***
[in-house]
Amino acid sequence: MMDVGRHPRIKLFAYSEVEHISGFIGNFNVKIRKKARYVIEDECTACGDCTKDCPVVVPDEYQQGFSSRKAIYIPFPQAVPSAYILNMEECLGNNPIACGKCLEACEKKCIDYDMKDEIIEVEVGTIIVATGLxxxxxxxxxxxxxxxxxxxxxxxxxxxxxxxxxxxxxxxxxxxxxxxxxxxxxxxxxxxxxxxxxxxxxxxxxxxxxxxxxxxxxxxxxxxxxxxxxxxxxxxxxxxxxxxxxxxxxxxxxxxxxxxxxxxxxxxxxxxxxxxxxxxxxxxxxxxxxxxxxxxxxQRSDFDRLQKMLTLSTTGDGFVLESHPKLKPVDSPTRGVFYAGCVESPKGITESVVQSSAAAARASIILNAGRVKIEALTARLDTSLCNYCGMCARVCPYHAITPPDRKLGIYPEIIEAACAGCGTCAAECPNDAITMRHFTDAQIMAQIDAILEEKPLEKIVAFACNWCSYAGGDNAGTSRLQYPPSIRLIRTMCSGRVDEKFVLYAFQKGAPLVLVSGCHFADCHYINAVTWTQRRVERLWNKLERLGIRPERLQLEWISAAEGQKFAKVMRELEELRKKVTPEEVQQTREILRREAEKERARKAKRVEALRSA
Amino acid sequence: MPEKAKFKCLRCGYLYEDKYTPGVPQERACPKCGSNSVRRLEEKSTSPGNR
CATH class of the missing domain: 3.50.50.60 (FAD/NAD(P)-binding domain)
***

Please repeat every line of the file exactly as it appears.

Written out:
[in-house]
Amino acid sequence: MMDVGRHPRIKLFAYSEVEHISGFIGNFNVKIRKKARYVIEDECTACGDCTKDCPVVVPDEYQQGFSSRKAIYIPFPQAVPSAYILNMEECLGNNPIACGKCLEACEKKCIDYDMKDEIIEVEVGTIIVATGLxxxxxxxxxxxxxxxxxxxxxxxxxxxxxxxxxxxxxxxxxxxxxxxxxxxxxxxxxxxxxxxxxxxxxxxxxxxxxxxxxxxxxxxxxxxxxxxxxxxxxxxxxxxxxxxxxxxxxxxxxxxxxxxxxxxxxxxxxxxxxxxxxxxxxxxxxxxxxxxxxxxxxQRSDFDRLQKMLTLSTTGDGFVLESHPKLKPVDSPTRGVFYAGCVESPKGITESVVQSSAAAARASIILNAGRVKIEALTARLDTSLCNYCGMCARVCPYHAITPPDRKLGIYPEIIEAACAGCGTCAAECPNDAITMRHFTDAQIMAQIDAILEEKPLEKIVAFACNWCSYAGGDNAGTSRLQYPPSIRLIRTMCSGRVDEKFVLYAFQKGAPLVLVSGCHFADCHYINAVTWTQRRVERLWNKLERLGIRPERLQLEWISAAEGQKFAKVMRELEELRKKVTPEEVQQTREILRREAEKERARKAKRVEALRSA
Amino acid sequence: MPEKAKFKCLRCGYLYEDKYTPGVPQERACPKCGSNSVRRLEEKSTSPGNR
CATH class of the missing domain: 3.50.50.60 (FAD/NAD(P)-binding domain)